It’s truly a marvel that any film productions took place in 2020, let alone anything good. A testament indeed to the resilience of filmmakers and crews for adhering to heightened COVID-19 guideless and still managed great things. In the Earth feels like an extra triumph, not even a glimmer in writer-director Ben Wheatley’s mind until the early days of lockdown. After writing the script, his was one of the first UK productions to go in the summer when regulations relaxed. And, true to form, it’s also a hallucinogenic mélange of some of his favorite themes: psychotronic drugs, folk legends, and people losing their minds.
Though the film was very much borne out of quarantine fears, and reflects some of that in its never-specific, near-future setting, it delves so much more into the real fear at the heart of most humans: what does the Earth itself have to say to us? And is it something we want to hear?
Sometime in the near future, an unspecified pandemic rages across the civilized world. It seems something akin to zombies or the rage virus from 28 Days Later ; the upshot is it makes people violent and dangerous. That aspect truly doesn’t matter too much, because we begin with Joel Fry as a scientist who has ventured to a woodland research facility as a waypoint before heading to a deeper part of the forest. He checks out, virus-wise, and soon he and a field guide (Ellora Torchia) head out to make their way to the camp of another scientist, doing research into a cure.
But on one of the nights of their on-foot journey, someone attacks them and steals their shoes and breaks their GPS. The next day, they find the remnants of other camps, but no people. Fry’s character cuts his foot badly and it seems like they might be doomed. However, they cross paths with Zach (Reese Shearsmith), a man living in the woods. Zach offers to give them some spare shoes and make them a meal, but as you might expect, he’s not a trustworthy man.
And this is when the movie goes from good to great. Zach is a madman, yes, but he’s doing things for a reason. He’s experienced something in the woods, something from in the earth itself. There is an entity, he believes, in the forest, and he needs to commune with it, give it offerings (in the form of staged religious photographs with our two drugged heroes). The local legend about these woods speaks of a antler-headed witch king. But as our characters go further into the depths of the woods, closer to their destination, they learn it might be the literal Earth trying to communicate.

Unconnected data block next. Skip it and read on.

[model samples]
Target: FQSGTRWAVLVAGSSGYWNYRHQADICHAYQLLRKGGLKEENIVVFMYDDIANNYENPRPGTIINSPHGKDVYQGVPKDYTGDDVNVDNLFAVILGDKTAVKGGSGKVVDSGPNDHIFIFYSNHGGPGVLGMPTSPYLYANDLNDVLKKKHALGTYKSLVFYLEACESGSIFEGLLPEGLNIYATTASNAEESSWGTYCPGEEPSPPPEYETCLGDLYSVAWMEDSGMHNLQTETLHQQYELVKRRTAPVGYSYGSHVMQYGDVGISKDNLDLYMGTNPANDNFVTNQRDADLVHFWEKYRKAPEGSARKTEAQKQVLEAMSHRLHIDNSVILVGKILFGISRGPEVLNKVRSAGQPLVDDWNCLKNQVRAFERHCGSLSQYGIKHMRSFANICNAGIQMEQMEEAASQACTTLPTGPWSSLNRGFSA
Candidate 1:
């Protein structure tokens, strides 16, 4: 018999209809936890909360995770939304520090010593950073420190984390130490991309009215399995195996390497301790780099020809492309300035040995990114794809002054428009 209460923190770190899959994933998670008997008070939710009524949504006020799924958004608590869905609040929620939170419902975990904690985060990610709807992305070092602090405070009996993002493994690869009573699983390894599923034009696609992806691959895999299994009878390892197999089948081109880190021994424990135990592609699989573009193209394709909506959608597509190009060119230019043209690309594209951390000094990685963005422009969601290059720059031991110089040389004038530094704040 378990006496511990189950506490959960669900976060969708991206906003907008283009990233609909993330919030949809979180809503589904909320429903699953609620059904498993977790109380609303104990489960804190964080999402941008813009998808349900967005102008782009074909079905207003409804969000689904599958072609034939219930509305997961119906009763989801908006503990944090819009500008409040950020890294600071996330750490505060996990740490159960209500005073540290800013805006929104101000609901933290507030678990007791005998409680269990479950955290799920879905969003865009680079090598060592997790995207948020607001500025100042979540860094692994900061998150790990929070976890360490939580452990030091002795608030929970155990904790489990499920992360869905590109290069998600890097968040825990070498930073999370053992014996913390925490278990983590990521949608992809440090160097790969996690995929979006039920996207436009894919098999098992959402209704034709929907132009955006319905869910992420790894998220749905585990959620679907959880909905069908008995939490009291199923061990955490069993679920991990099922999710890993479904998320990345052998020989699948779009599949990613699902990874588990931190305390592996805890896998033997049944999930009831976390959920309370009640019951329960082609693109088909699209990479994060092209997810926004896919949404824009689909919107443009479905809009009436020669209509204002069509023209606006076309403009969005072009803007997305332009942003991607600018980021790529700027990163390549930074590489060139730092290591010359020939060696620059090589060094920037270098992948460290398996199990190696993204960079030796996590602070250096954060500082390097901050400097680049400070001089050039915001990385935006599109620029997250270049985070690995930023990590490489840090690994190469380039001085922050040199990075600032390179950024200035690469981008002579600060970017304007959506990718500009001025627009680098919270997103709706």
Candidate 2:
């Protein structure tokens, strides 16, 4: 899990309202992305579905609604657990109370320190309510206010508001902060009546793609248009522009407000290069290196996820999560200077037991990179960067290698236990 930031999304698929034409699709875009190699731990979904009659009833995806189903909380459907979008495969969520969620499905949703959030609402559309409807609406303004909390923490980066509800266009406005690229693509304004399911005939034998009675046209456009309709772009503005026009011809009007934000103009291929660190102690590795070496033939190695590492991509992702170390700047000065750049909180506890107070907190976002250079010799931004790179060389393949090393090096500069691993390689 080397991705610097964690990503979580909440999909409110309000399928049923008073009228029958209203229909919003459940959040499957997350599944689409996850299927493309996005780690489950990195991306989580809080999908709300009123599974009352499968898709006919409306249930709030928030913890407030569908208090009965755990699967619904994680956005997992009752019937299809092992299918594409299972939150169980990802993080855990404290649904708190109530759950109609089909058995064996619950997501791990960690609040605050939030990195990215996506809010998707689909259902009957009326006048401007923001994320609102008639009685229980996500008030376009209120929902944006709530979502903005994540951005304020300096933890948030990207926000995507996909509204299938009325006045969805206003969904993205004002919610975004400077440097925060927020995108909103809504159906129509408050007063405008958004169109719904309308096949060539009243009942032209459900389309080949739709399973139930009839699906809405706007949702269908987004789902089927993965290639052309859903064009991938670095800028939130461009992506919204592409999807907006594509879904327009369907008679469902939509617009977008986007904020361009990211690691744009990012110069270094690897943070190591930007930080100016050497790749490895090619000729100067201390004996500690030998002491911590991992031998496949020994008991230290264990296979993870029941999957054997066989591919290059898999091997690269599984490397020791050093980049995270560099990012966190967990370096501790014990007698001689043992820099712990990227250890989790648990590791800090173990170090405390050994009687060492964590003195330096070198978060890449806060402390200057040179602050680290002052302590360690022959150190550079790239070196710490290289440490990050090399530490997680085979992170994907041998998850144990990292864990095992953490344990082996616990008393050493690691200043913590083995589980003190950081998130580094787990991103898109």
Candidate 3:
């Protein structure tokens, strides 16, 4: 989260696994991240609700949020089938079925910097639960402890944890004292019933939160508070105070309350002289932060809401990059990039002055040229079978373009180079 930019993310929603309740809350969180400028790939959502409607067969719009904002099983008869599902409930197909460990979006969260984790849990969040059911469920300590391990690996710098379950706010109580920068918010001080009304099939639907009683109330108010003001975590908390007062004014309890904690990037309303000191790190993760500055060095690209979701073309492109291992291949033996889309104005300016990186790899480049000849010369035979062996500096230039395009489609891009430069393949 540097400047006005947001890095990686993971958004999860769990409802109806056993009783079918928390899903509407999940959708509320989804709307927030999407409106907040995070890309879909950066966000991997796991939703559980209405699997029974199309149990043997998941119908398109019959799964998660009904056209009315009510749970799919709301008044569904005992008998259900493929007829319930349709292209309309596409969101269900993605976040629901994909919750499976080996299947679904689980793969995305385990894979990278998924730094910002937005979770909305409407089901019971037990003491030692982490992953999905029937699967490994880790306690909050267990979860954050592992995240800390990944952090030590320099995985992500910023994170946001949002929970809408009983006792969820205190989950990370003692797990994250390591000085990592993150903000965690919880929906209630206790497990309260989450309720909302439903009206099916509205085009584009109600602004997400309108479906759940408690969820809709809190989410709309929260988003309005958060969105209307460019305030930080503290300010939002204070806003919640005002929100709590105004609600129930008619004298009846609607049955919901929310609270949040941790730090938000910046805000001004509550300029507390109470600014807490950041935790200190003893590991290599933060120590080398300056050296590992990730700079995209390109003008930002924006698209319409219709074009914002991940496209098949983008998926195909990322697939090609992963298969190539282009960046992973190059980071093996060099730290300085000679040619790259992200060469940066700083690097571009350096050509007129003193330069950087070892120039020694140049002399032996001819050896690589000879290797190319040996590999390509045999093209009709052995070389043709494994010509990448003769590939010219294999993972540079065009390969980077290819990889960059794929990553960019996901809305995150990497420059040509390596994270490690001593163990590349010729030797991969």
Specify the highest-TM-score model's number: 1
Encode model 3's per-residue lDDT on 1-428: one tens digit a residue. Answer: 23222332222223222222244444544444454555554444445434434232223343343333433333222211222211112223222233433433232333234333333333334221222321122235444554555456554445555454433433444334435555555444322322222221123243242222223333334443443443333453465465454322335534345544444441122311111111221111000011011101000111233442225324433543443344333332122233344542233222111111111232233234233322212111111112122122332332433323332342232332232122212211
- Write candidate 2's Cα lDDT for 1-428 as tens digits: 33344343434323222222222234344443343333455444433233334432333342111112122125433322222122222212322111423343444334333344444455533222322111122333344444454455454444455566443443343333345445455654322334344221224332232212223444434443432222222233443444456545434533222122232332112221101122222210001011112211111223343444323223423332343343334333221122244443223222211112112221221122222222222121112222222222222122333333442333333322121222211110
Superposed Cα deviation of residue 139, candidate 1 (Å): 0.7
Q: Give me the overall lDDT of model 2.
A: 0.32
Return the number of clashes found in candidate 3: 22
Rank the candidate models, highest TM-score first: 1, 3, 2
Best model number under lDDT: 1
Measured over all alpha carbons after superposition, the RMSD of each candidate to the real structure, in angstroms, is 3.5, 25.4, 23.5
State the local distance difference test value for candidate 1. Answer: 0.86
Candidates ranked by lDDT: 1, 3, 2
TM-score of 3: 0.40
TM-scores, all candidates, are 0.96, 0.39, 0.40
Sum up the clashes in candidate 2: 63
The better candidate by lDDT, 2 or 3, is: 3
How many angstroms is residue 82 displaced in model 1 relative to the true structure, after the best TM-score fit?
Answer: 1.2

To explain further is to give away much of In the Earth‘s power, but suffice to say Wheatley is firing on all cylinders with his stripped-down approach to massive topics. Not cosmic horror, but deeply terrestrial. This feels like a return to form for him in a number of ways. It feels like a spiritual successor to both his 2011 breakthrough Kill List and, more so, his 2013 psychedelic nightmare, A Field in England. But even beyond that, Wheatley is delving into themes found in Tarkovsky’s Stalker and Bergman’s Hour of the Wolf. With each new wrinkle, we find more questions than answers, and we simultaneously fear for our heroes and want to know what they’ll experience next.
All four of the main performances were excellent, but it was Shearsmith who really stands out. His calm and polite demeanor giving way to his dangerous fanaticism is absolutely terrifying. He was one of the highlights in A Field in England, and here he gets to show what a wonderfully menacing villain he can be. At the same time, he finds the humor in the absurdity of the situation whenever is feasible. When he’s not in the scene, we’re in constant fear he could show up again, somewhere in the woods. Secretly hoping he comes back sooner rather than later.
In the Earth really knocked me out, and represents what I love the most about Ben Wheatley as a filmmaker. Though he’s delved into bigger and more straightforward films in recent years, it’s his ability to make small movies feel enormous that has always stood out to me. It’s just people out in the woods, but it becomes an assault on the senses that’s bigger than any blockbuster. Wheatley has several franchise sequels on his docket, but I hope he never strays too far from this kind of indie-spirited mind-fuck.
4.5 out of 5
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Kyle Anderson is the Senior Editor for Nerdist. You can find his film and TV reviews here. Follow him on Twitter!